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I have a number of time series which are derived of same underlying data. However, the data in each comes from a different source, so they may be slightly lagged or differently enriched but essentially representing the same underlying data.

Is it possible to find out if there is one of these series that is odd and severely delayed or out of line?

As an example, imagine you subscribing to market data for the same stock from 5 different providers and trying to find out which is running slow in a dynamic way. However, stock prices are very deterministic so that makes the problem slightly simplified. In my case I am working on data that doesn't have a single source to check.

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marked as duplicate by whuber Jun 22 '17 at 22:15

This question has been asked before and already has an answer. If those answers do not fully address your question, please ask a new question.

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Cross-correlation analysis can be conducted to determine the presence of leading or lagged variables. See for example the discussion in this post and the example in this other post. A more detailed description of the overall idea can be found here. Some technical details for the implementation of this approach in the R software are discussed in this post.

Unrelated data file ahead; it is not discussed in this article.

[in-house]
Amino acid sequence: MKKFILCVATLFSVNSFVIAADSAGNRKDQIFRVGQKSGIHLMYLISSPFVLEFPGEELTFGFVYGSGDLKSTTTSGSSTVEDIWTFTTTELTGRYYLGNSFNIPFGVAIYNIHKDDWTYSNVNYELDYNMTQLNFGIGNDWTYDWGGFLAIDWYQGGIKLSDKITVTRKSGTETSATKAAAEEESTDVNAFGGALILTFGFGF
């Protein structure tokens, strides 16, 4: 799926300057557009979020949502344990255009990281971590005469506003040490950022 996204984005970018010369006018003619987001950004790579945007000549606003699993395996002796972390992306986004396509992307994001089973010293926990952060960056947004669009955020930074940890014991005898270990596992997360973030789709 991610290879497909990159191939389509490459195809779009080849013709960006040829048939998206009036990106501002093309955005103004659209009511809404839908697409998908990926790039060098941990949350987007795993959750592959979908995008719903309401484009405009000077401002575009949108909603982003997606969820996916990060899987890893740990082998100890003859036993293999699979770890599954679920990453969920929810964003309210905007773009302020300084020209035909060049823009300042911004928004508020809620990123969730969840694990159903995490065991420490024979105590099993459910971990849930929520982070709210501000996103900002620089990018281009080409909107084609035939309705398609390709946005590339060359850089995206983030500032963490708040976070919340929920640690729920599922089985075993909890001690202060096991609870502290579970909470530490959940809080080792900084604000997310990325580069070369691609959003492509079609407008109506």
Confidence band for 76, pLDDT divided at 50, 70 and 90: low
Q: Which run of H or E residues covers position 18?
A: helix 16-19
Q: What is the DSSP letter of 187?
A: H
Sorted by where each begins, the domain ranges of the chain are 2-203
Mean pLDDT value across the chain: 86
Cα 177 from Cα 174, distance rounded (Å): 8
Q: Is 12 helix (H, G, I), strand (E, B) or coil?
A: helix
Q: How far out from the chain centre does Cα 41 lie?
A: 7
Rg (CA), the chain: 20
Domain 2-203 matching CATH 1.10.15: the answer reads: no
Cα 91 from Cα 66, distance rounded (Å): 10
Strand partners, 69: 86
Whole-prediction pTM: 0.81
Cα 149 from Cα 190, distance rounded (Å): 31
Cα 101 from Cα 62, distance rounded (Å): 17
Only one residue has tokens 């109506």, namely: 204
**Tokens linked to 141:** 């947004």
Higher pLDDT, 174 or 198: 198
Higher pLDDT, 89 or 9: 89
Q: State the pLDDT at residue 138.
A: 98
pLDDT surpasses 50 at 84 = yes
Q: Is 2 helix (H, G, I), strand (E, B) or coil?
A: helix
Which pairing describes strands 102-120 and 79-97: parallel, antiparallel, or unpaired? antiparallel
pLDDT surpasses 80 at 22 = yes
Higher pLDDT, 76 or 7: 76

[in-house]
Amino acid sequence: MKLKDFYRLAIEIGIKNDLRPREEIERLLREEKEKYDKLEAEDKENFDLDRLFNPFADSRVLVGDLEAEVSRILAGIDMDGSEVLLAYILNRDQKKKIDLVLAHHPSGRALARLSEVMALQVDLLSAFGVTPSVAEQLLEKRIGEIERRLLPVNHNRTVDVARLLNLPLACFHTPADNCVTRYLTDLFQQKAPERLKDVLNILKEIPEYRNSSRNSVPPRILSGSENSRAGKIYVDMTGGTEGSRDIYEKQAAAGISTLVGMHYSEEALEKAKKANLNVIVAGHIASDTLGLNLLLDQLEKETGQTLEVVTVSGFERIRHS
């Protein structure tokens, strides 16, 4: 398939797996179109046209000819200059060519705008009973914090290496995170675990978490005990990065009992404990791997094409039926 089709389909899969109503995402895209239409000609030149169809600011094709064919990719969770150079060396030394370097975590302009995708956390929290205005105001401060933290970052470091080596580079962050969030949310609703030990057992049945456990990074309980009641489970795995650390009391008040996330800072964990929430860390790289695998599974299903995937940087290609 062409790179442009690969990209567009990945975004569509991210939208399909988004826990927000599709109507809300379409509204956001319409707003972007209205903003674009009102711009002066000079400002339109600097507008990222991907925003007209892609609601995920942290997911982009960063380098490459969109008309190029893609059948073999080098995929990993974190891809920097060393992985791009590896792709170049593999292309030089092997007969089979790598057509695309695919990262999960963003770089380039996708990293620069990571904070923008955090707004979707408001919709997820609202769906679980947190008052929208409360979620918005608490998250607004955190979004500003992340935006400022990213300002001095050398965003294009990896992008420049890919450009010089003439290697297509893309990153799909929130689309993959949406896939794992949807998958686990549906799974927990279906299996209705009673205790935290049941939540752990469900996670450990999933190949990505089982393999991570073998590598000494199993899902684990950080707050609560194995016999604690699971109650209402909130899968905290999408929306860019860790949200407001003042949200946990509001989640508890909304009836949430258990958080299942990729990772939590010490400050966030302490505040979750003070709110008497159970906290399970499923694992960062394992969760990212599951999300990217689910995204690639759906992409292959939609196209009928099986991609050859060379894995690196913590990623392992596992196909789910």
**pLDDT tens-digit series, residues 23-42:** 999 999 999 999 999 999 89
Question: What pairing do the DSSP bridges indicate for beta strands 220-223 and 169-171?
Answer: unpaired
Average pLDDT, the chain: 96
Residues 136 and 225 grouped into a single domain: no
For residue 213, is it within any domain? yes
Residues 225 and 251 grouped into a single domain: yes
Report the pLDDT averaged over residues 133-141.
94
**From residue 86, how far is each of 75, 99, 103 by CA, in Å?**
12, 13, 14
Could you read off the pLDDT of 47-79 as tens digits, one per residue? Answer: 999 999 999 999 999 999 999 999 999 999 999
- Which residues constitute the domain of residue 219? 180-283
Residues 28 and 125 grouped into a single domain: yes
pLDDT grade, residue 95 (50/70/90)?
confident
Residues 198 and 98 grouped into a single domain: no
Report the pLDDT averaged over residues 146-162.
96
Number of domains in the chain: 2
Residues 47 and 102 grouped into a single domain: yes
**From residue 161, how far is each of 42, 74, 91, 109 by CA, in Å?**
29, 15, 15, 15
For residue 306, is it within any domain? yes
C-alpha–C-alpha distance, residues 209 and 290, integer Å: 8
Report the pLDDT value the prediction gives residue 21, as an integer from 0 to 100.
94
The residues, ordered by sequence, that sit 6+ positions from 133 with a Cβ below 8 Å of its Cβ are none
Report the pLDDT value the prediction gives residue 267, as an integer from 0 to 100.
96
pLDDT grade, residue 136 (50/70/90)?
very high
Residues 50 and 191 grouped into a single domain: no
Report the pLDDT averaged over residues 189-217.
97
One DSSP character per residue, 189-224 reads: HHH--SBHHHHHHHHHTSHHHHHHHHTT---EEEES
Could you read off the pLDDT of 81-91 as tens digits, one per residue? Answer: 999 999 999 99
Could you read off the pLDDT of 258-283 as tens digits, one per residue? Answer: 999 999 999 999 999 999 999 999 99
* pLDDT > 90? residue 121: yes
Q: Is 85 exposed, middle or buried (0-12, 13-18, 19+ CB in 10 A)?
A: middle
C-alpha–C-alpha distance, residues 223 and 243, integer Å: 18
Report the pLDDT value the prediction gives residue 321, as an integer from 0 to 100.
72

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You might want to look at How to statistically compare two time series? as it treats the question of discriminating between time series. Essentially a common model is used to estimate parameters both globally AND individually. The error sums of squares are then compared to determine if a significan reduction is obtained by individual estimation as compared to global estimation. Upon concluding that there are benefits from individual estimation one needs to identify which ones are different from the "others" . This is akin to finding which means are different from other means.

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  • $\begingroup$ hmm i have considered granger earlier but i was thinking since i have multiple such series.. i might as well do a z-score on first 3 moments to find the odd one out.. does that sound like it will pick up the odd one? $\endgroup$ – ramneek handa Sep 16 '13 at 15:27
  • $\begingroup$ I don't see how this proposed solution would work. Exactly what estimate(s) in your model would change if you were to apply it to a series whose times were additively shifted, and how would you use those estimates to determine whether the times were shifted forwards or backwards? For simplicity, let's suppose that neither series exhibits any "pulses," "level shifts," or secular trends. $\endgroup$ – whuber Sep 16 '13 at 15:32
  • $\begingroup$ @whuber I don't understand your comment and/or the question. Perhaps we should chat offline on this. $\endgroup$ – IrishStat Oct 15 '13 at 16:25

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